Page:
The gloves are off, it seems, in the controversy over Craigslist's "erotic services" section. The site's been under fire for the slew of sex-related ads in the category, with several state leaders calling for action and even threatening a criminal investigation against the company. Now, just days after deciding to shut the section down, Craigslist CEO Jim Buckmaster is getting back in the ring and demanding an apology.
Craigslist's 'Erotic Services' Controversy
It was just last Wednesday that Craigslist announced it would bow to the pressure and turn off the (arguably red) light on its "erotic services" section. The category is set to vanish from the site for good this coming Wednesday. It'll be replaced by a more heavily monitored "adult services" alternative.
The decision to pull the plug came only days after South Carolina Attorney General Henry McMaster called the category a "vehicle" for soliciting prostitution. McMaster demanded its removal, saying his office would pursue "criminal investigation and prosecution" against Craigslist executives if they failed to comply.
Despite Craigslist's apparent willingness to cooperate -- something I suggested could set a dangerous precedent for Internet regulation -- its top man has gone back on the offensive with some grand new gestures. In a blog posted Monday morning, Craigslist's Buckmaster said South Carolina's McMaster needed to "reconsider and retract" his remarks, calling his statements "unreasonable and unfair." (On a side note, also unfair: trying to keep track of who's whom in a dispute between two guys named Buckmaster and McMaster. Good grief.)
Buckmaster (the one from Craigslist) states that numerous other media companies host far more explicit ads than the ones found on Craigslist's adult-oriented sections. He then questions how far McMaster (the one from South Carolina) will go.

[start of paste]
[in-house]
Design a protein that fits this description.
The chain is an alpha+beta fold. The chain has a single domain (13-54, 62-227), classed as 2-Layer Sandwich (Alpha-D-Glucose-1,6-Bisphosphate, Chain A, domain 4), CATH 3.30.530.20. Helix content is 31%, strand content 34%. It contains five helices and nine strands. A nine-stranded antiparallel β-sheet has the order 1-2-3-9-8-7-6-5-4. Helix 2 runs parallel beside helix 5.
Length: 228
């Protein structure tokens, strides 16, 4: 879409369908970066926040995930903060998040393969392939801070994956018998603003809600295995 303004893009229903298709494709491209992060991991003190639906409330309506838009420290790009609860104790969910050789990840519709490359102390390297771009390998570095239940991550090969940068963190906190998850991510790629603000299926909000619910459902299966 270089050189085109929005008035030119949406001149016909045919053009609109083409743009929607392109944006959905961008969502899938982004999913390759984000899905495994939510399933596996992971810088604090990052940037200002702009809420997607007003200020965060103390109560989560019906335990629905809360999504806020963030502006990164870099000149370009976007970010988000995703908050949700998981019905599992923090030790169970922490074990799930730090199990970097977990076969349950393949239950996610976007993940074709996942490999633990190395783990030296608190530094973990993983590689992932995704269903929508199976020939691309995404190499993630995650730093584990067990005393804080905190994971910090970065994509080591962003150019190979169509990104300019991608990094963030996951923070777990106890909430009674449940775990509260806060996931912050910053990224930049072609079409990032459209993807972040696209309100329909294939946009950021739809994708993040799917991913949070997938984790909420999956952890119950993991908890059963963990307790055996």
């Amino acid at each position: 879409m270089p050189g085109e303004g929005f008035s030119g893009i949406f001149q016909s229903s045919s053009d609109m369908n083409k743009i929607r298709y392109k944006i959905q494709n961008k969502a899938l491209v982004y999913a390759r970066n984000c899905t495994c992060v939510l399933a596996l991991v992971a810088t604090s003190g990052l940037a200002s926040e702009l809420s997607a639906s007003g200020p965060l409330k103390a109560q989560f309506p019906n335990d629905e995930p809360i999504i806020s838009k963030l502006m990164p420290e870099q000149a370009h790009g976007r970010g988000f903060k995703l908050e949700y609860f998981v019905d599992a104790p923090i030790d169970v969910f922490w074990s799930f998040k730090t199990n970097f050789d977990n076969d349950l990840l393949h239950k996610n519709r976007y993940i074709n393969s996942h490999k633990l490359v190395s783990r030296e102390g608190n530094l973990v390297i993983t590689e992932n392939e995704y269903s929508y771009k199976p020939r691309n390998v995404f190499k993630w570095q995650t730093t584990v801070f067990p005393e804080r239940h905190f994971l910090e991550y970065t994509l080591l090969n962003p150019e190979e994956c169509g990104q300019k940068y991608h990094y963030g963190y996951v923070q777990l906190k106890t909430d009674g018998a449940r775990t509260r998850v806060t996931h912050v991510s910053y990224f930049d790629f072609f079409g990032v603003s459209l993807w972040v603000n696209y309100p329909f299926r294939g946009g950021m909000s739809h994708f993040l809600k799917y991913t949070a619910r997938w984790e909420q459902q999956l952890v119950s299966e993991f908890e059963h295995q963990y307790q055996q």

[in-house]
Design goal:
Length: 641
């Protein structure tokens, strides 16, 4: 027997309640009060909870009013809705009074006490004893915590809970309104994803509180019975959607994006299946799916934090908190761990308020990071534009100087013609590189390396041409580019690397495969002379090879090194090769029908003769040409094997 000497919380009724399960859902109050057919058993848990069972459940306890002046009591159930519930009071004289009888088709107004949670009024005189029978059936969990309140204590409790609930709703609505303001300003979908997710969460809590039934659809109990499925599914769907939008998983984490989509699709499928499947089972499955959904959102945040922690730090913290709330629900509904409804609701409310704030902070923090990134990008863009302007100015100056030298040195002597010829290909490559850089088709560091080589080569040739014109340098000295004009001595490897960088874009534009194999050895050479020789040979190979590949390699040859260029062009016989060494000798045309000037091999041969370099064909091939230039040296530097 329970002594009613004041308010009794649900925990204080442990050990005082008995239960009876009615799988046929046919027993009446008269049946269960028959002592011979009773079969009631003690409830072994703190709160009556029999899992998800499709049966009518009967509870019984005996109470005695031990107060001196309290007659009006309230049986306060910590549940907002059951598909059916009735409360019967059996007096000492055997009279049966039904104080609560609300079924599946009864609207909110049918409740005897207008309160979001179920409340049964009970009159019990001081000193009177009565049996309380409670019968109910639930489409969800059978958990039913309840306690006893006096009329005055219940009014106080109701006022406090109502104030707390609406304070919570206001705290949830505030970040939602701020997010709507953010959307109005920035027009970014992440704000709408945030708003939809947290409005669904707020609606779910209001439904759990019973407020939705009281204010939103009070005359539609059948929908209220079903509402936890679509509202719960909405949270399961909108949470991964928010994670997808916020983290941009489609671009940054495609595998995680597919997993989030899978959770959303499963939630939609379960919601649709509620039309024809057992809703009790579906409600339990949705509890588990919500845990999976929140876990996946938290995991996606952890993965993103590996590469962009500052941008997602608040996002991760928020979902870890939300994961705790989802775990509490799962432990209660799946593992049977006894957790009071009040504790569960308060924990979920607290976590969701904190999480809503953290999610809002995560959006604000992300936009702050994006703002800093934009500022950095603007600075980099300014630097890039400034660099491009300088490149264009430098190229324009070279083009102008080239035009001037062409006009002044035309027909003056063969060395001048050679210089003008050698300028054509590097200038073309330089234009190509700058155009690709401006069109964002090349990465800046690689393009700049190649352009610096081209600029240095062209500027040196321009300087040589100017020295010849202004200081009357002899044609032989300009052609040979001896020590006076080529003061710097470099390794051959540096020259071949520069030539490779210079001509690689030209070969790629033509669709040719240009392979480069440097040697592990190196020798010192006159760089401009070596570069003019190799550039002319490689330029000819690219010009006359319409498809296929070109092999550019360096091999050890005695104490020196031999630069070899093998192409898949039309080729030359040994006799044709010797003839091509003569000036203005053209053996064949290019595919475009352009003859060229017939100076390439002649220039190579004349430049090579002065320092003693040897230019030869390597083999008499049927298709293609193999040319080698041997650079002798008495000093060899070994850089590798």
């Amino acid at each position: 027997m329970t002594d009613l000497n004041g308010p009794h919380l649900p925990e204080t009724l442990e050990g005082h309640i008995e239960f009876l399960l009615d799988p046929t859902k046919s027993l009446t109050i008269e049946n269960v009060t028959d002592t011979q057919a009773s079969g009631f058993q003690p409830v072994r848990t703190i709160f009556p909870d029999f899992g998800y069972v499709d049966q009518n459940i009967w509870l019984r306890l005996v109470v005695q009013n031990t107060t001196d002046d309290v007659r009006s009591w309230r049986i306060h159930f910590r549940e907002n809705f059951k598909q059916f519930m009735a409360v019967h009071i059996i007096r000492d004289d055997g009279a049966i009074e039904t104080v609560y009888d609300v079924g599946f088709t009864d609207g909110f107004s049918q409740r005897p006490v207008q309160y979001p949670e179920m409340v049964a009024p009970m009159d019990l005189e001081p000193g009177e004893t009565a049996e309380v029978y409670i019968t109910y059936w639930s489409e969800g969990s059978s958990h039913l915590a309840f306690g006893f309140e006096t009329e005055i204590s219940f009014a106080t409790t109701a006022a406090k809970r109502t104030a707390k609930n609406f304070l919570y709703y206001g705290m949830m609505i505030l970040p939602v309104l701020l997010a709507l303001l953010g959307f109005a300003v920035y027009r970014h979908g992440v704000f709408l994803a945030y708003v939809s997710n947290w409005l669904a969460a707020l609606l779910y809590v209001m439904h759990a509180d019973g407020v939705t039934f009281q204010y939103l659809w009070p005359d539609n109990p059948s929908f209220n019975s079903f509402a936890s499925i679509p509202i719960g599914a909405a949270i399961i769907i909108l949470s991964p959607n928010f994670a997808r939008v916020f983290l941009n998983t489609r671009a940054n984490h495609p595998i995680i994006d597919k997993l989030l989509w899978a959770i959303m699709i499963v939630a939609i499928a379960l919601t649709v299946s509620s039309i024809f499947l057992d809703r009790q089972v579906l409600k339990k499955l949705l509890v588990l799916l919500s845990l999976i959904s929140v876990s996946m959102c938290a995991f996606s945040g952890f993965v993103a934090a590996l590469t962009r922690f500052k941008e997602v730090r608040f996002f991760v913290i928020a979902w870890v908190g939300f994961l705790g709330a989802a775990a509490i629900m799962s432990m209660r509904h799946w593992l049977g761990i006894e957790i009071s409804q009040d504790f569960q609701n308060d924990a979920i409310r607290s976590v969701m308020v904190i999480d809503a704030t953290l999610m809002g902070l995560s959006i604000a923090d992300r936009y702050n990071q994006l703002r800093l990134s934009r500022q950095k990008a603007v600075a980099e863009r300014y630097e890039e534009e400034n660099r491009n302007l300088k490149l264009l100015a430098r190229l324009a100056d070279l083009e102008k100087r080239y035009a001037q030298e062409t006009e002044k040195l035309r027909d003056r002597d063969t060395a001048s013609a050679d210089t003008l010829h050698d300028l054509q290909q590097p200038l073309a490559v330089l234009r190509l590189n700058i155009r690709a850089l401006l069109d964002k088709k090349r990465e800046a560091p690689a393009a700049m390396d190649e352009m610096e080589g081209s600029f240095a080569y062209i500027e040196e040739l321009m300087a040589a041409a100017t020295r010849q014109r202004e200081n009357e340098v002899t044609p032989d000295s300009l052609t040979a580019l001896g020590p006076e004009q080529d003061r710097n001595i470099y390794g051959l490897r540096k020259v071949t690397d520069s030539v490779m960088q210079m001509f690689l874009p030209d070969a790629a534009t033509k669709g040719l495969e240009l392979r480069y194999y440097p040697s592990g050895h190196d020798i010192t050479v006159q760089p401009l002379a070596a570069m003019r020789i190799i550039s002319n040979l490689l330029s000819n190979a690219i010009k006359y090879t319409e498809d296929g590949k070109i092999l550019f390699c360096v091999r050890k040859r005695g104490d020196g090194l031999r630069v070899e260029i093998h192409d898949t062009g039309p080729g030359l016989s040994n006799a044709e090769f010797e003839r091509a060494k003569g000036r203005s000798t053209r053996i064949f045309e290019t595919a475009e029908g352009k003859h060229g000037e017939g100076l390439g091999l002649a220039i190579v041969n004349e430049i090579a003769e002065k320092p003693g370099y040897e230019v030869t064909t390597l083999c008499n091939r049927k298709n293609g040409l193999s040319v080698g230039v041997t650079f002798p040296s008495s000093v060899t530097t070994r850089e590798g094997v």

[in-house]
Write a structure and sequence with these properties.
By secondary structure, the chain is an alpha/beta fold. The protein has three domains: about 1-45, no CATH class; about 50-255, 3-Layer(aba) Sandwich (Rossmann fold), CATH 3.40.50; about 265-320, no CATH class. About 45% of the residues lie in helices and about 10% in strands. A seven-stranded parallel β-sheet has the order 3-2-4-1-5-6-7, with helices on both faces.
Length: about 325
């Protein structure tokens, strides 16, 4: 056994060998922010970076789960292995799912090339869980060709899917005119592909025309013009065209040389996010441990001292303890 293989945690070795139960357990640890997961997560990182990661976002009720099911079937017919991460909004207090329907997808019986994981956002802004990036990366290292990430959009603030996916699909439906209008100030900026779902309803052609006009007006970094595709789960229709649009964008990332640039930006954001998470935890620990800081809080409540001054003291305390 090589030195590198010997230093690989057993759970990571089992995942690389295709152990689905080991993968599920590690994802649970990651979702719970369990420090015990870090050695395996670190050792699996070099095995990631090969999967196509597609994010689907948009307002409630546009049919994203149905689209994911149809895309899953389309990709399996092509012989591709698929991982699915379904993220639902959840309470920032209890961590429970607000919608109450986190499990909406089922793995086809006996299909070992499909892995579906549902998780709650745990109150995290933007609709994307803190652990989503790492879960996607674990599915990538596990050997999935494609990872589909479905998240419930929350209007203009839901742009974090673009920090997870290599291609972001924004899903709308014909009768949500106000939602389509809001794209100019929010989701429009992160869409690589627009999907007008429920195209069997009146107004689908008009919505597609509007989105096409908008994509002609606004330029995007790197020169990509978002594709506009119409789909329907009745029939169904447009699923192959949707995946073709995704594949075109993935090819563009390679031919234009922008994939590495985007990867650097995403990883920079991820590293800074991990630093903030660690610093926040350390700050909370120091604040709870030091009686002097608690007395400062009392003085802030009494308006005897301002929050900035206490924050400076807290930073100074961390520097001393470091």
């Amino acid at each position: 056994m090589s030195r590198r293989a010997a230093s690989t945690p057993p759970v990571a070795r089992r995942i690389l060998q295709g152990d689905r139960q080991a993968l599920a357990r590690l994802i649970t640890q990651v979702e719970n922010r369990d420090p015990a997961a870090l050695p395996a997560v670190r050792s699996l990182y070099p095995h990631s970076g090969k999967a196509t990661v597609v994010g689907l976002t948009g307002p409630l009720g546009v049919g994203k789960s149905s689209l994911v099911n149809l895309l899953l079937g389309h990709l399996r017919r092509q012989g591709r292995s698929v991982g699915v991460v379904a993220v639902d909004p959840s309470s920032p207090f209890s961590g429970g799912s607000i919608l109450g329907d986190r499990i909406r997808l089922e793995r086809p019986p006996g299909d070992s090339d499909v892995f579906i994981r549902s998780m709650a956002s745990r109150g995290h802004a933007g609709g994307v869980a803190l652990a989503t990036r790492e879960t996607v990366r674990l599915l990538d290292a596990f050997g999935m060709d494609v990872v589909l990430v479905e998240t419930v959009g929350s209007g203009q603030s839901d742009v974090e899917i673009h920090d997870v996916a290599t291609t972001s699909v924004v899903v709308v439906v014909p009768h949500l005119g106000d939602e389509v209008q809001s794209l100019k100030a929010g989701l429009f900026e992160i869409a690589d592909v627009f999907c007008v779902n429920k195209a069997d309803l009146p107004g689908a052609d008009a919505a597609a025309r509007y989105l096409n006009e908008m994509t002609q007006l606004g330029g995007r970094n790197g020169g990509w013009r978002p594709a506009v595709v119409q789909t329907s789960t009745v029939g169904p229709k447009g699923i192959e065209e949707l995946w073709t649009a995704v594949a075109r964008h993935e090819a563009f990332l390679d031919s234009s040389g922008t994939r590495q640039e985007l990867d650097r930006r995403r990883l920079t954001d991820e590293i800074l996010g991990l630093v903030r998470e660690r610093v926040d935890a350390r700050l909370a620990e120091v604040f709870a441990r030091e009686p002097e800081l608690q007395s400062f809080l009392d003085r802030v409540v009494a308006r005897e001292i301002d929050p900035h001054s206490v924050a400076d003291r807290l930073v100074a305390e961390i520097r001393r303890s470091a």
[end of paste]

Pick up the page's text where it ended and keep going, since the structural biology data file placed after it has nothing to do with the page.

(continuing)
"Have you fully considered the implications of your accusations against Craigslist?" Buckmaster asks. "What’s a crime for Craigslist is clearly a crime for any company. Are you really prepared to condemn the executives of each of the mainstream companies ... that feature such ads as criminals?"
Too Little, Too Late
Buckmaster's stance is accurate enough. (It also seems oddly familiar, though I can't quite put my finger on why.) The problem is that actions speak louder than words, and this speech strikes me as rhetoric designed to save face after the damage has been done. Put simply, the time for taking a stance has passed.
Here's the thing: Craigslist caved. It agreed to take down the "erotic services" section, thereby complying with McMaster's demands and avoiding his threats of prosecution. Calling for an apology now, while I agree with the principle behind it, seems to be little more than a gesture for the sake of gesturing.
To be clear, I'm not taking a position in favor of an open sex market on the Internet -- much like when I argued against the banning of a questionable Wikipedia page late last year, my opinion (or anyone else's) on the content itself isn't truly the issue. The real issue lies beneath the surface: By allowing state leaders to force the closure of an online content source without any actual violation of the law by its owner, Craigslist is opening the door to far more troubling actions could occur down the road.
The folks at the Electronic Frontier Foundation, a digital rights advocacy group, see things similarly. The EFF maintains that Craigslist is protected as a provider against criminal liability for any content posted by its users.
"The notion that Craigslist and [its] officers should be held responsible for third-party content on their site because they didn't do enough to satisfy the individual whims of respective state attorneys general is wholly inconsistent with the law," EFF senior staff attorney Matt Zimmerman explains.
"If site operators were forced to screen all third-party contributions under risk of civil or criminal penalty, the Internet would lose many of the vibrant services that have made it so dynamic," he continues. "Under such a radical re-envisioning, the Internet would ultimately become the province of rich and cautious media companies who would actively serve as gatekeepers to decide whether and how users could engage with the world."
So why, Craigslist, are you coming out with the fighting words now, now that the action's already behind you? As any of the users who advertised in your "erotic services" can tell you, once the deed is done, it's done -- and no amount of after-the-fact chitchat can help your dignity recover.